Factories, markets, advanced financial systems, consumer debt, and public corporations were all commonplace during Keynes’ time, and the ebbs and flows of national prosperity were no longer determined by the harvest but rather by the business cycle. Around this time, economies started experiencing ups and downs that could not be explained exclusively by outside forces, but rather by the sentiment of the people within the nation. Since consumers were the center of modern economies, their changing preferences, expectations, and feelings of optimism, fear, or doubt impacted the economy. This led to the widely-accepted realization of business cycles and boy did Keynes have a solution for us.
The solution was to try and smooth out this business cycle by artificially influencing the spending of consumers. And who better to do this than our own governments? Nations would do this through fiscal policy, which called for taxing people more and spending less government money during economic booms, and then taxing less and spending more during an economic downturn. It would also be influenced by monetary policy set by a nation’s central bank, which really is just a doorway for political and financial entities to comingle, kind of like Paul and Nancy Pelosi.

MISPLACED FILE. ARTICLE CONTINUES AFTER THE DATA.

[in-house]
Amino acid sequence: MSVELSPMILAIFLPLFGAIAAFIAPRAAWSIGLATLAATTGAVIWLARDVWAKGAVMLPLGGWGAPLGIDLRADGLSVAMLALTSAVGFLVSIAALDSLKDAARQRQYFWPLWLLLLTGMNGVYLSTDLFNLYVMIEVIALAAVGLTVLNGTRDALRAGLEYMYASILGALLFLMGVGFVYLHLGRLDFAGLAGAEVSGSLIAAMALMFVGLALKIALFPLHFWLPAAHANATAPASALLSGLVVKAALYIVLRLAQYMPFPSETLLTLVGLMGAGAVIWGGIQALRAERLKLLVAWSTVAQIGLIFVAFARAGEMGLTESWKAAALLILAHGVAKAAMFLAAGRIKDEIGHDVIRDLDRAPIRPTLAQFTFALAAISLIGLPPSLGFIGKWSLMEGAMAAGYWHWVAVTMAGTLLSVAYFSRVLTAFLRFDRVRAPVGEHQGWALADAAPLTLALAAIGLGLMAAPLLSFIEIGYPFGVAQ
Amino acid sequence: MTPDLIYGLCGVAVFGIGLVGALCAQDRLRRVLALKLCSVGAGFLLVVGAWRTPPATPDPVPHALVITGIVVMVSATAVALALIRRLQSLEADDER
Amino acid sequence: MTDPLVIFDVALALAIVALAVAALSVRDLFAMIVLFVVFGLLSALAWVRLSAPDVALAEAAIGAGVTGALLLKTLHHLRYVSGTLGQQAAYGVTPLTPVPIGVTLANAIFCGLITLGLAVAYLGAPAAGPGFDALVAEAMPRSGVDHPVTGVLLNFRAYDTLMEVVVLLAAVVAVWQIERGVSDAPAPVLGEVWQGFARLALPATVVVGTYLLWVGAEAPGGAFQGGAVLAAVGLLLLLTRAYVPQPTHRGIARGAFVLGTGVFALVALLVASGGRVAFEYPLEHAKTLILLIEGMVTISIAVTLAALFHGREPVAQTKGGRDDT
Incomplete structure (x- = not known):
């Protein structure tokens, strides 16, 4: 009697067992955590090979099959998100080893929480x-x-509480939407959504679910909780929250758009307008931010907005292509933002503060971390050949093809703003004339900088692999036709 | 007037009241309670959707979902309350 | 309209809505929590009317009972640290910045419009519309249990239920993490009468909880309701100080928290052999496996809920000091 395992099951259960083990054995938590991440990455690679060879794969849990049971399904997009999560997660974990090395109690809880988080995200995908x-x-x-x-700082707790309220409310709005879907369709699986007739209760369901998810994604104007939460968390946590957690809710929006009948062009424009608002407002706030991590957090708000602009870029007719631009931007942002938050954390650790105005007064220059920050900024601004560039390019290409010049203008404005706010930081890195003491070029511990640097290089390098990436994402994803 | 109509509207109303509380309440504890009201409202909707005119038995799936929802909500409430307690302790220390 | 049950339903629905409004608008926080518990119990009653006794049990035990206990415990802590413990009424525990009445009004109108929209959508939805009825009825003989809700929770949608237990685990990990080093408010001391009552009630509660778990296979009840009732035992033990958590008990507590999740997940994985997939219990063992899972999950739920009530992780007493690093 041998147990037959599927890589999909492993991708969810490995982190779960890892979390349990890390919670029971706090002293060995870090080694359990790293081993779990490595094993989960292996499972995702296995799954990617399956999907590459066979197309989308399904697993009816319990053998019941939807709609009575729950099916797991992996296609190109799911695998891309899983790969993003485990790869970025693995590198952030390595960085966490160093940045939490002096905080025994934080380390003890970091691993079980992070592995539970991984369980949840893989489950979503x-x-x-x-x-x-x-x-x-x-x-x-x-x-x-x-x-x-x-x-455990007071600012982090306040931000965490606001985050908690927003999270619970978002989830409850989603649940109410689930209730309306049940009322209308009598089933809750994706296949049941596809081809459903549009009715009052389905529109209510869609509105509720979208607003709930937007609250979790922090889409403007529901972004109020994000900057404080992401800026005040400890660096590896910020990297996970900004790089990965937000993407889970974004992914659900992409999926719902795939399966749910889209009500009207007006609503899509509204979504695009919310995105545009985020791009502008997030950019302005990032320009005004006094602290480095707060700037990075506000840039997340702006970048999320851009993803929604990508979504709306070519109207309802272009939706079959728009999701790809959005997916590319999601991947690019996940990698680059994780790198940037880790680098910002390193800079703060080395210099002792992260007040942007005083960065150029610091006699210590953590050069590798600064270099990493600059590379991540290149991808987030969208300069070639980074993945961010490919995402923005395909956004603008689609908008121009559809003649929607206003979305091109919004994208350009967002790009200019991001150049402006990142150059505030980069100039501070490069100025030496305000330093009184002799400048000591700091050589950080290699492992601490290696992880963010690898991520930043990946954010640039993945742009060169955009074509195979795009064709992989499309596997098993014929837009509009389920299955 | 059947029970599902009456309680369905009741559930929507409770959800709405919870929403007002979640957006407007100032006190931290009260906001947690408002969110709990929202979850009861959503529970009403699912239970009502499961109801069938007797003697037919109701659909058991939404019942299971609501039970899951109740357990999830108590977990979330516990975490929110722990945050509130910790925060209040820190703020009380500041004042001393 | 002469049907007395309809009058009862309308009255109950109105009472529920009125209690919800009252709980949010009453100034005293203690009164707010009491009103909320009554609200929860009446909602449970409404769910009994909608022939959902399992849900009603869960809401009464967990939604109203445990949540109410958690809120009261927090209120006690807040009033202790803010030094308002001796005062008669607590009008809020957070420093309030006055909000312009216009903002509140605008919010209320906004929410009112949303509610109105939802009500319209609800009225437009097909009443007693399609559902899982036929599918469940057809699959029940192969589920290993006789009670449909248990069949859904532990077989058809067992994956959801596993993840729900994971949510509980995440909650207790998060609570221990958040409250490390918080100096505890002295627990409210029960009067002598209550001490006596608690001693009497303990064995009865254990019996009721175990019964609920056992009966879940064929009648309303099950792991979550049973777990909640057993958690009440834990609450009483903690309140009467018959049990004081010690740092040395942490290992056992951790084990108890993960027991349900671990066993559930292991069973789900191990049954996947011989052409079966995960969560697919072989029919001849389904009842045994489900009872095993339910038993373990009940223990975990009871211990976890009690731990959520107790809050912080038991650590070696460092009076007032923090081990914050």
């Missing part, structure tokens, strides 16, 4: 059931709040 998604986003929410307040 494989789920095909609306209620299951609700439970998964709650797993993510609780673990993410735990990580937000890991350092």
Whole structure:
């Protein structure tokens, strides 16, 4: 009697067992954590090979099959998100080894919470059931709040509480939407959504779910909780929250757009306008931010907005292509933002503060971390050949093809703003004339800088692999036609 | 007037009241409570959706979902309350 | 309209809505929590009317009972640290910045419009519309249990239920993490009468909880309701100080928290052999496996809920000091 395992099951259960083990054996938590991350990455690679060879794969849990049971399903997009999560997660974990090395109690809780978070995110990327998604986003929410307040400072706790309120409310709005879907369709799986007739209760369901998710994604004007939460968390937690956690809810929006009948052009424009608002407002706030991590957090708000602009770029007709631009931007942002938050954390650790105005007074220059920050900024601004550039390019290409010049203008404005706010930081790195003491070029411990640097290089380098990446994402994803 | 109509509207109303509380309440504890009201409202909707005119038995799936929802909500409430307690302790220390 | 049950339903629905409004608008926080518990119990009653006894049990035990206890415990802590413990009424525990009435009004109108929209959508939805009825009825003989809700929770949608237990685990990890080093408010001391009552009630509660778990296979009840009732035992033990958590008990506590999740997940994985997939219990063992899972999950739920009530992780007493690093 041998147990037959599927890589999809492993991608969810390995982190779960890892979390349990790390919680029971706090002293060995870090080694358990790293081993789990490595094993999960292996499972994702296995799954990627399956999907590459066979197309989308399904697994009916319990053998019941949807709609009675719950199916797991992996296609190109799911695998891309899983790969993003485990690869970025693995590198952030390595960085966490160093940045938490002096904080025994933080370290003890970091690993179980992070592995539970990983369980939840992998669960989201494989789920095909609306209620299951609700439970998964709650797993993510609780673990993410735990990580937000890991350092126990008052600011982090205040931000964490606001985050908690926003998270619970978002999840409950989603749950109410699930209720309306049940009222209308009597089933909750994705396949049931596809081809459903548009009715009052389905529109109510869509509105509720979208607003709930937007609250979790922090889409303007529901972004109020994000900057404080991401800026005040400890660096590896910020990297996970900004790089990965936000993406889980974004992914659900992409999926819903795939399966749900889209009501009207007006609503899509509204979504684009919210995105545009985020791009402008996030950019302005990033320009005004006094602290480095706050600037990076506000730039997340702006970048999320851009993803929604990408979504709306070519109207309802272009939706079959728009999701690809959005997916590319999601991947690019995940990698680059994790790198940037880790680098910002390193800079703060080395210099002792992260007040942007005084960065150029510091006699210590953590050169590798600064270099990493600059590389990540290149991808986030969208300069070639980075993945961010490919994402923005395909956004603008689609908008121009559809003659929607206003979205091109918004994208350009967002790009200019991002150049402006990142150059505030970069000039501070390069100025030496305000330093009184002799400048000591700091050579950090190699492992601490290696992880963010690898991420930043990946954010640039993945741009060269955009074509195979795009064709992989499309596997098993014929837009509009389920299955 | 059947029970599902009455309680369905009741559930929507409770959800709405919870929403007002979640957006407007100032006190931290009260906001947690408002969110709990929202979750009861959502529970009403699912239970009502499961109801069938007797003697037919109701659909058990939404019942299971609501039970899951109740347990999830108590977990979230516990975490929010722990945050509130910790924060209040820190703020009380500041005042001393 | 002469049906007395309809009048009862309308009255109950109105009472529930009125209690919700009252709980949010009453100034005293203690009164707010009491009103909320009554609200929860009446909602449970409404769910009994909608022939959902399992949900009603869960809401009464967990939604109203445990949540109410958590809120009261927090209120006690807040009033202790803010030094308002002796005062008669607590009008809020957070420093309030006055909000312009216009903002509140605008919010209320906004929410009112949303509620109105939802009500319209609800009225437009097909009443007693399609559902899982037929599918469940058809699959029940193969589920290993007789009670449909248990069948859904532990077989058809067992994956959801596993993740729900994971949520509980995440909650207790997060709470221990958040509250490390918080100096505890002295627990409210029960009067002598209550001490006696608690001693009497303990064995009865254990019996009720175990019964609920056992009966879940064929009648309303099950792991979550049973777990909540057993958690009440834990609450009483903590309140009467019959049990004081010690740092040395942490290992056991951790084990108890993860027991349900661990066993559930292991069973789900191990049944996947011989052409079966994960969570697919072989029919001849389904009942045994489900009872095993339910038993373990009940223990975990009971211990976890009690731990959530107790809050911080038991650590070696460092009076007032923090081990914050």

As it sounds, Keynesian Economics advocated for more intervention from regulators of power, which is why I have a deep suspicion Austrian Economics was never to really take off across these major groups of power.
3) Austrian Economics
The Austrian school hated the idea of Keynesian Economics because it was tampering with the free market, which would limit efficiency and cause a whole host of other, unintended problems.
It was dubbed Austrian Economics because of its birthplace in Vienna (although founded by a Polish man).